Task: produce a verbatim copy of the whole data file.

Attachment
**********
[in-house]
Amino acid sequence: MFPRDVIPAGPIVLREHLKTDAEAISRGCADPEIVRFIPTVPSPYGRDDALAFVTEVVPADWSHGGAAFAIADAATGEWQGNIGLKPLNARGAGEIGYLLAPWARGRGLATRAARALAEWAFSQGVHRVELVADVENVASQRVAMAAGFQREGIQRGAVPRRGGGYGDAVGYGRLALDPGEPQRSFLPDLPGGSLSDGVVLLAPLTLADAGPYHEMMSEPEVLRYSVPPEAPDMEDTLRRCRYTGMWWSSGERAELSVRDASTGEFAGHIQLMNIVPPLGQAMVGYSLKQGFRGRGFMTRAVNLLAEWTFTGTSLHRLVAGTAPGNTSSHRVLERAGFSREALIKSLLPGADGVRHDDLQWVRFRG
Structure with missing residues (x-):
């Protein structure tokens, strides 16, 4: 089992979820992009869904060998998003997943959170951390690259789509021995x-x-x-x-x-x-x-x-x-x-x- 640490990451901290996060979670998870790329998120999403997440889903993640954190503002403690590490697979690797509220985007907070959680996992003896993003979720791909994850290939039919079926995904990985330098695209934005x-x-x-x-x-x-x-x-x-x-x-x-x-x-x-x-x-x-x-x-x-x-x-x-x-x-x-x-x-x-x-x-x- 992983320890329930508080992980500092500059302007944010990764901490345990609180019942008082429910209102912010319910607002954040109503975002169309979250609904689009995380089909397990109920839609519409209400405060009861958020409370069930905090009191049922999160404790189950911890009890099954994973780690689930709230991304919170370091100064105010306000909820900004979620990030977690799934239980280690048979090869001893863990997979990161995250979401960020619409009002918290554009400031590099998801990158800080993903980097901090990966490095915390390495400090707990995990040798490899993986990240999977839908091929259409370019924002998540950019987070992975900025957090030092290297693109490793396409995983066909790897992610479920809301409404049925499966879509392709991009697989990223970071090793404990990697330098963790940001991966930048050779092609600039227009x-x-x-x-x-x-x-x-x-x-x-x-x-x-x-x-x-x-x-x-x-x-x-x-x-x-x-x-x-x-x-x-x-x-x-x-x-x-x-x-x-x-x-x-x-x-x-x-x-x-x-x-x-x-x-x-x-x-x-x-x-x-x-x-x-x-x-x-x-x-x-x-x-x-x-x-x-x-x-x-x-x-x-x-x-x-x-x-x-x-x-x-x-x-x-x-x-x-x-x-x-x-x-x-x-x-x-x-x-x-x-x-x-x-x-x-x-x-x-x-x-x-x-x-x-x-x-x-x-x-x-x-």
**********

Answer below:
[in-house]
Amino acid sequence: MFPRDVIPAGPIVLREHLKTDAEAISRGCADPEIVRFIPTVPSPYGRDDALAFVTEVVPADWSHGGAAFAIADAATGEWQGNIGLKPLNARGAGEIGYLLAPWARGRGLATRAARALAEWAFSQGVHRVELVADVENVASQRVAMAAGFQREGIQRGAVPRRGGGYGDAVGYGRLALDPGEPQRSFLPDLPGGSLSDGVVLLAPLTLADAGPYHEMMSEPEVLRYSVPPEAPDMEDTLRRCRYTGMWWSSGERAELSVRDASTGEFAGHIQLMNIVPPLGQAMVGYSLKQGFRGRGFMTRAVNLLAEWTFTGTSLHRLVAGTAPGNTSSHRVLERAGFSREALIKSLLPGADGVRHDDLQWVRFRG
Structure with missing residues (x-):
């Protein structure tokens, strides 16, 4: 089992979820992009869904060998998003997943959170951390690259789509021995x-x-x-x-x-x-x-x-x-x-x- 640490990451901290996060979670998870790329998120999403997440889903993640954190503002403690590490697979690797509220985007907070959680996992003896993003979720791909994850290939039919079926995904990985330098695209934005x-x-x-x-x-x-x-x-x-x-x-x-x-x-x-x-x-x-x-x-x-x-x-x-x-x-x-x-x-x-x-x-x- 992983320890329930508080992980500092500059302007944010990764901490345990609180019942008082429910209102912010319910607002954040109503975002169309979250609904689009995380089909397990109920839609519409209400405060009861958020409370069930905090009191049922999160404790189950911890009890099954994973780690689930709230991304919170370091100064105010306000909820900004979620990030977690799934239980280690048979090869001893863990997979990161995250979401960020619409009002918290554009400031590099998801990158800080993903980097901090990966490095915390390495400090707990995990040798490899993986990240999977839908091929259409370019924002998540950019987070992975900025957090030092290297693109490793396409995983066909790897992610479920809301409404049925499966879509392709991009697989990223970071090793404990990697330098963790940001991966930048050779092609600039227009x-x-x-x-x-x-x-x-x-x-x-x-x-x-x-x-x-x-x-x-x-x-x-x-x-x-x-x-x-x-x-x-x-x-x-x-x-x-x-x-x-x-x-x-x-x-x-x-x-x-x-x-x-x-x-x-x-x-x-x-x-x-x-x-x-x-x-x-x-x-x-x-x-x-x-x-x-x-x-x-x-x-x-x-x-x-x-x-x-x-x-x-x-x-x-x-x-x-x-x-x-x-x-x-x-x-x-x-x-x-x-x-x-x-x-x-x-x-x-x-x-x-x-x-x-x-x-x-x-x-x-x-």